Intercontinental Community Engagement

Muza Gondwe, TropIKA Reviews & Malawi Medical Journal

Whether you are doing public engagement in Colombia, Ghana or Sri Lanka the methods and challenges are similar. This second session on community engagement highlighted three different contexts of public engagement.

Kwaku Poku Asante, a Wellcome Trust International Engagement recipient, discussed Ghana’s Kintampo Health Research Centre’s (KHRC) communication strategy which was developed based on gaps they identified in a study in 2007. The activities in their communication strategy will create awareness about KHRC, inform communities about KHRC research agenda, strengthen the communications unit, and share their lessons learnt. When Kwaku said during his presentation “get the media before they get you” he alluding to providing media with factual information before they construct misleading stories from unreliable sources. He also mentioned that KHRC uses the media as a tool to dispel rumours associated with KHRC research and intervention programs.

Paulina Tindana, Mclaughlin – Rotman Centre and Navrongo Health Research Centre, was unable to attend the conference but her presentation on ethical, social, and cultural issues of community engagement was ably given by Kwaku. She recommended start ing community engagement early, knowing the community you are working in, establishing relationships, and very importantly, feeding back to the community.

Community meetings are valuable opportunities to connect with people, but in some instances, such as in Ghana, at the durbars held by KHRC, a majority of the participants are men. This the delegates attributed to meetings being called by traditional leaders that invite household decision makers who are mostly men. Multiple mechanisms should be used to reach target groups e.g. women can be reached in other arenas such as womens clubs or church groups. However, in a majority of low income countries, the patriarchal nature of society, deems men as heads of households and thus the importance of their approval is vital for studies that will involve women and children.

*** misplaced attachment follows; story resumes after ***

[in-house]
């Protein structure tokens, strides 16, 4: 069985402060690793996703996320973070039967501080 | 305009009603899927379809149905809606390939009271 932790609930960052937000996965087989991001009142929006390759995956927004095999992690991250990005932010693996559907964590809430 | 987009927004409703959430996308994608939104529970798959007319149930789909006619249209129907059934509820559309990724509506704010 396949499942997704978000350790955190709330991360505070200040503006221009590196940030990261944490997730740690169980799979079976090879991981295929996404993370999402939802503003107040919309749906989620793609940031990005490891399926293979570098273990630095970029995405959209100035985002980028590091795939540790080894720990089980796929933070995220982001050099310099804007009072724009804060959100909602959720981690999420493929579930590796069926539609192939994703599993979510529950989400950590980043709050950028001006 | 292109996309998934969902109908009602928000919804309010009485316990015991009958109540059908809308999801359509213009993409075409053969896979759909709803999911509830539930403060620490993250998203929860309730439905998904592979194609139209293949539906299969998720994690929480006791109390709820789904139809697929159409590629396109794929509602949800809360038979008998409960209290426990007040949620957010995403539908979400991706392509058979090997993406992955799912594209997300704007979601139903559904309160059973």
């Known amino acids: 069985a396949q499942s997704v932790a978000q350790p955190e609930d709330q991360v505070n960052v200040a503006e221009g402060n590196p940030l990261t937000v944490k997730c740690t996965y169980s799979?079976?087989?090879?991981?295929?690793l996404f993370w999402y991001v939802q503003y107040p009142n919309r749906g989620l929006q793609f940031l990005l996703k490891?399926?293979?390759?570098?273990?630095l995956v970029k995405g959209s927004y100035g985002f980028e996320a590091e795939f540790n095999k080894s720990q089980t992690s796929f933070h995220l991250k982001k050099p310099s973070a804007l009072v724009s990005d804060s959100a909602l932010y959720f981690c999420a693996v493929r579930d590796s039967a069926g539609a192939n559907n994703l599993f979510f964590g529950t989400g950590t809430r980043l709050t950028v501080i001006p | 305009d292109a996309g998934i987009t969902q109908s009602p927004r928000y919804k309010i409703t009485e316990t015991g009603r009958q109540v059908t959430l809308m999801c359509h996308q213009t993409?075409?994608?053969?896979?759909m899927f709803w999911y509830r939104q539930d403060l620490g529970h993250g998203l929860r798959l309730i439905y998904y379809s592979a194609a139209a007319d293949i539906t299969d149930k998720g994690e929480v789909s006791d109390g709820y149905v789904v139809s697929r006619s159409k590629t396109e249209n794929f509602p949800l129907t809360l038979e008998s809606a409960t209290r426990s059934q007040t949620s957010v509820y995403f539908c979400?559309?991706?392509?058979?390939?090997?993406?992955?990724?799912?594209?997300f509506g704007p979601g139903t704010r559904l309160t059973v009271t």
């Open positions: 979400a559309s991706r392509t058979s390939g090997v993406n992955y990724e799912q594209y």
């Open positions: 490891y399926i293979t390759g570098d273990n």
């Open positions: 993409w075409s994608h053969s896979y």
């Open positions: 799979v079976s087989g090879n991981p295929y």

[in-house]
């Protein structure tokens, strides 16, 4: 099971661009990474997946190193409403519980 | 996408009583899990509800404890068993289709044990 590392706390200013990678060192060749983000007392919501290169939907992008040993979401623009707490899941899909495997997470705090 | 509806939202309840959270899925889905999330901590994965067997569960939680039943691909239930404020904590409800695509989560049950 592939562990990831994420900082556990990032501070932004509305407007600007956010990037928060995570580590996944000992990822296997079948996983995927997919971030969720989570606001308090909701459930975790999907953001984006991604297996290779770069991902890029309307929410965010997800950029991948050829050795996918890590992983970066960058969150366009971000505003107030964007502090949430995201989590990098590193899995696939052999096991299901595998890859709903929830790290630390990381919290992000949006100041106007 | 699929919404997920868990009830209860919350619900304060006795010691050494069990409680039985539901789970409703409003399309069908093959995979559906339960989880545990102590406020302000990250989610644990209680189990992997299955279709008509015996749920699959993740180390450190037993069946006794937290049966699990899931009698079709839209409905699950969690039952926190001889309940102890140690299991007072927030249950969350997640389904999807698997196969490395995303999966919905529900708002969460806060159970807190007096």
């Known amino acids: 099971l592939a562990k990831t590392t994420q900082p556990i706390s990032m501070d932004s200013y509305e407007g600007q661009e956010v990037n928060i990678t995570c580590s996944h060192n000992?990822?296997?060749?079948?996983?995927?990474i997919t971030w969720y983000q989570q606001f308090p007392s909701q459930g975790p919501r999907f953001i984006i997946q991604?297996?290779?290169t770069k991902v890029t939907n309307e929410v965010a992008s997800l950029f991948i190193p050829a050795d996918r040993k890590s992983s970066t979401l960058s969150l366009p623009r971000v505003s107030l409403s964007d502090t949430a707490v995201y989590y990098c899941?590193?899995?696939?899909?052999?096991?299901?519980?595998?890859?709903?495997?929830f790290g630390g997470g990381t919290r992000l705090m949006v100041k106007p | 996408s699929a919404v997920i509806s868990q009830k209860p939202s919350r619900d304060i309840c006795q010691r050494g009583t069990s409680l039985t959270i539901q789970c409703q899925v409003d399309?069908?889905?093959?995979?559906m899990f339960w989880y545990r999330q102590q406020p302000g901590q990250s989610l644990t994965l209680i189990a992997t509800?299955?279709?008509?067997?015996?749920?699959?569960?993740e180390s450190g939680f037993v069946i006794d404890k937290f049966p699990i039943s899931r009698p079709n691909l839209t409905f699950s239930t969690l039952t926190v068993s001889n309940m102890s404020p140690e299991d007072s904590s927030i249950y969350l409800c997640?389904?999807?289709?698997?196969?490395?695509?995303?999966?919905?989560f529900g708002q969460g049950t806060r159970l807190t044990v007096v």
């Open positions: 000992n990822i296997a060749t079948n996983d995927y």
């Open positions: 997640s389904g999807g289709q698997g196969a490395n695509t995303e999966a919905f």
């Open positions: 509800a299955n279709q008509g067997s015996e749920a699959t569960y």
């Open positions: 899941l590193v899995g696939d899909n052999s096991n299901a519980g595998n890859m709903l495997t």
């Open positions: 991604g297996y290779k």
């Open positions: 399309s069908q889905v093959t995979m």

Lisbeth Fog presented a research study in Colombia that developed a communication strategy that is being implemented by the Columbian Ministry of Health with the assistance of the Colombian Institute for the Development of Science and Technology, Colciencias. The study looked at three critical questions surrounding research findings: Who knows about them? Who cares? Who uses the information? The study explored three stakeholders – knowledge produces e.g researchers, intermediaries e.g journalist, and audiences. The results of the study have led to the establishment of a website and provision of training for researchers, amongst other activities.

Even the most obscure of research such as twin studies can engage the community. Sisira Siribaddana’s Sri Lankan Twin Registry capitalized on the change in the A level school curriculum to engage students in conducting research projects on twins.

An interesting question was raised by one of the delegates, “Are there research agendas which are community driven?” Simply put no. However, the Africa Centre has in the course of its activities picked up research ideas. An example was given of a schistosomiasis study that was initiated from reports during engagement activities of children peeing blood.

The burning question that still remains unanswered is evaluating the impact of community engagement. Examples where given by PANOS where they examine case studies where media debates have influenced policy. It was also suggested analyzing enrollment figures and asking during enrollment where people heard of the study. The impact of engagement certainly remains a very topical issue for science communicators as the development of parameters to assess this, can certainly provide evidence that will support communicators promotion and improvement of public engagement.


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